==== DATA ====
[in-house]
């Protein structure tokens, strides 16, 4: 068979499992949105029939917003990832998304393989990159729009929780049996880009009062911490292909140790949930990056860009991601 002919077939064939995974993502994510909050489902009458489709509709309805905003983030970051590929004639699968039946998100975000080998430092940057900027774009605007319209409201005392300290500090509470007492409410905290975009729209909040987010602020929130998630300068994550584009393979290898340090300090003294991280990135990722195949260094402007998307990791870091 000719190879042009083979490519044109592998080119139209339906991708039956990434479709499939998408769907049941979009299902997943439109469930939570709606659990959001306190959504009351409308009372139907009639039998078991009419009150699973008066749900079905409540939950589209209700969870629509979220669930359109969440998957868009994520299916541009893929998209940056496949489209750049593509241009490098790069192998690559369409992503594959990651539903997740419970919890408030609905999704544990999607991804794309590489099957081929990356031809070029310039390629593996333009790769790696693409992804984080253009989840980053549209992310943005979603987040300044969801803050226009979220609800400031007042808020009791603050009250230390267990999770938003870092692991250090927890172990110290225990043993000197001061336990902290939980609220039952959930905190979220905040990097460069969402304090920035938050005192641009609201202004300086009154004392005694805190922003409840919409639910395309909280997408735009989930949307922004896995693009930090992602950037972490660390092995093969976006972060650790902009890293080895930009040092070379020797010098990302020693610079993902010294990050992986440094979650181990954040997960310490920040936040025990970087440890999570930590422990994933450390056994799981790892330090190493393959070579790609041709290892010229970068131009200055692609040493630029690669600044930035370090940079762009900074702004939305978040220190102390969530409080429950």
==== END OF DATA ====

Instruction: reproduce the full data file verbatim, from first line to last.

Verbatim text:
[in-house]
């Protein structure tokens, strides 16, 4: 068979499992949105029939917003990832998304393989990159729009929780049996880009009062911490292909140790949930990056860009991601 002919077939064939995974993502994510909050489902009458489709509709309805905003983030970051590929004639699968039946998100975000080998430092940057900027774009605007319209409201005392300290500090509470007492409410905290975009729209909040987010602020929130998630300068994550584009393979290898340090300090003294991280990135990722195949260094402007998307990791870091 000719190879042009083979490519044109592998080119139209339906991708039956990434479709499939998408769907049941979009299902997943439109469930939570709606659990959001306190959504009351409308009372139907009639039998078991009419009150699973008066749900079905409540939950589209209700969870629509979220669930359109969440998957868009994520299916541009893929998209940056496949489209750049593509241009490098790069192998690559369409992503594959990651539903997740419970919890408030609905999704544990999607991804794309590489099957081929990356031809070029310039390629593996333009790769790696693409992804984080253009989840980053549209992310943005979603987040300044969801803050226009979220609800400031007042808020009791603050009250230390267990999770938003870092692991250090927890172990110290225990043993000197001061336990902290939980609220039952959930905190979220905040990097460069969402304090920035938050005192641009609201202004300086009154004392005694805190922003409840919409639910395309909280997408735009989930949307922004896995693009930090992602950037972490660390092995093969976006972060650790902009890293080895930009040092070379020797010098990302020693610079993902010294990050992986440094979650181990954040997960310490920040936040025990970087440890999570930590422990994933450390056994799981790892330090190493393959070579790609041709290892010229970068131009200055692609040493630029690669600044930035370090940079762009900074702004939305978040220190102390969530409080429950």